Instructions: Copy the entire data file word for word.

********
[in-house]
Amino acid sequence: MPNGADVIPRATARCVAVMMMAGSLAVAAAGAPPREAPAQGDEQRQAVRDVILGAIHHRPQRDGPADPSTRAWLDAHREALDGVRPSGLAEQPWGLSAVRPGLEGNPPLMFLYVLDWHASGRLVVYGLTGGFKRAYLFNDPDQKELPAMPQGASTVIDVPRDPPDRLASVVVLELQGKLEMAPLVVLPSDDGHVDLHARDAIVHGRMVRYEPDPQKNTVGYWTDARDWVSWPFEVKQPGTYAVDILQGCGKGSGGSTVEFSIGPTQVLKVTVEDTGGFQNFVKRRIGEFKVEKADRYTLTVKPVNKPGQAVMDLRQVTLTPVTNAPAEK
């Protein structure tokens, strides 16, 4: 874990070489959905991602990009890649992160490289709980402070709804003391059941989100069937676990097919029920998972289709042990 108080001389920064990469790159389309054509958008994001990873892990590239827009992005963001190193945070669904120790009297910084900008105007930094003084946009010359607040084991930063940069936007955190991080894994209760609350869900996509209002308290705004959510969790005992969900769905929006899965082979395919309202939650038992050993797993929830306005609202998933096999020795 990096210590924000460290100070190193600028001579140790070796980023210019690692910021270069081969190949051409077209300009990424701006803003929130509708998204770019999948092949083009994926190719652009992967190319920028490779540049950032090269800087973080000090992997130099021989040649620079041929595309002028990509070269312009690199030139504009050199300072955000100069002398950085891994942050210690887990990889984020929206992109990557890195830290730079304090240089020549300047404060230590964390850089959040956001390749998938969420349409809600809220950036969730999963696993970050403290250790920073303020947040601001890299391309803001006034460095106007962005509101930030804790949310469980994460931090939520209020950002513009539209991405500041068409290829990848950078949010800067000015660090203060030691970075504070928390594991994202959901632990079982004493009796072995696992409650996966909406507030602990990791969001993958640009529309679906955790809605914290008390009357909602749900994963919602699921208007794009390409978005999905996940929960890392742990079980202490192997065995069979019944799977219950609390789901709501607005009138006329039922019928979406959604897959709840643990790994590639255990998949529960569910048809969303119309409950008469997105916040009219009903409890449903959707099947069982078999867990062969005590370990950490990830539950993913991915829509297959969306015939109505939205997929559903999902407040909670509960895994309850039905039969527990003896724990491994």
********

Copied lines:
[in-house]
Amino acid sequence: MPNGADVIPRATARCVAVMMMAGSLAVAAAGAPPREAPAQGDEQRQAVRDVILGAIHHRPQRDGPADPSTRAWLDAHREALDGVRPSGLAEQPWGLSAVRPGLEGNPPLMFLYVLDWHASGRLVVYGLTGGFKRAYLFNDPDQKELPAMPQGASTVIDVPRDPPDRLASVVVLELQGKLEMAPLVVLPSDDGHVDLHARDAIVHGRMVRYEPDPQKNTVGYWTDARDWVSWPFEVKQPGTYAVDILQGCGKGSGGSTVEFSIGPTQVLKVTVEDTGGFQNFVKRRIGEFKVEKADRYTLTVKPVNKPGQAVMDLRQVTLTPVTNAPAEK
């Protein structure tokens, strides 16, 4: 874990070489959905991602990009890649992160490289709980402070709804003391059941989100069937676990097919029920998972289709042990 108080001389920064990469790159389309054509958008994001990873892990590239827009992005963001190193945070669904120790009297910084900008105007930094003084946009010359607040084991930063940069936007955190991080894994209760609350869900996509209002308290705004959510969790005992969900769905929006899965082979395919309202939650038992050993797993929830306005609202998933096999020795 990096210590924000460290100070190193600028001579140790070796980023210019690692910021270069081969190949051409077209300009990424701006803003929130509708998204770019999948092949083009994926190719652009992967190319920028490779540049950032090269800087973080000090992997130099021989040649620079041929595309002028990509070269312009690199030139504009050199300072955000100069002398950085891994942050210690887990990889984020929206992109990557890195830290730079304090240089020549300047404060230590964390850089959040956001390749998938969420349409809600809220950036969730999963696993970050403290250790920073303020947040601001890299391309803001006034460095106007962005509101930030804790949310469980994460931090939520209020950002513009539209991405500041068409290829990848950078949010800067000015660090203060030691970075504070928390594991994202959901632990079982004493009796072995696992409650996966909406507030602990990791969001993958640009529309679906955790809605914290008390009357909602749900994963919602699921208007794009390409978005999905996940929960890392742990079980202490192997065995069979019944799977219950609390789901709501607005009138006329039922019928979406959604897959709840643990790994590639255990998949529960569910048809969303119309409950008469997105916040009219009903409890449903959707099947069982078999867990062969005590370990950490990830539950993913991915829509297959969306015939109505939205997929559903999902407040909670509960895994309850039905039969527990003896724990491994």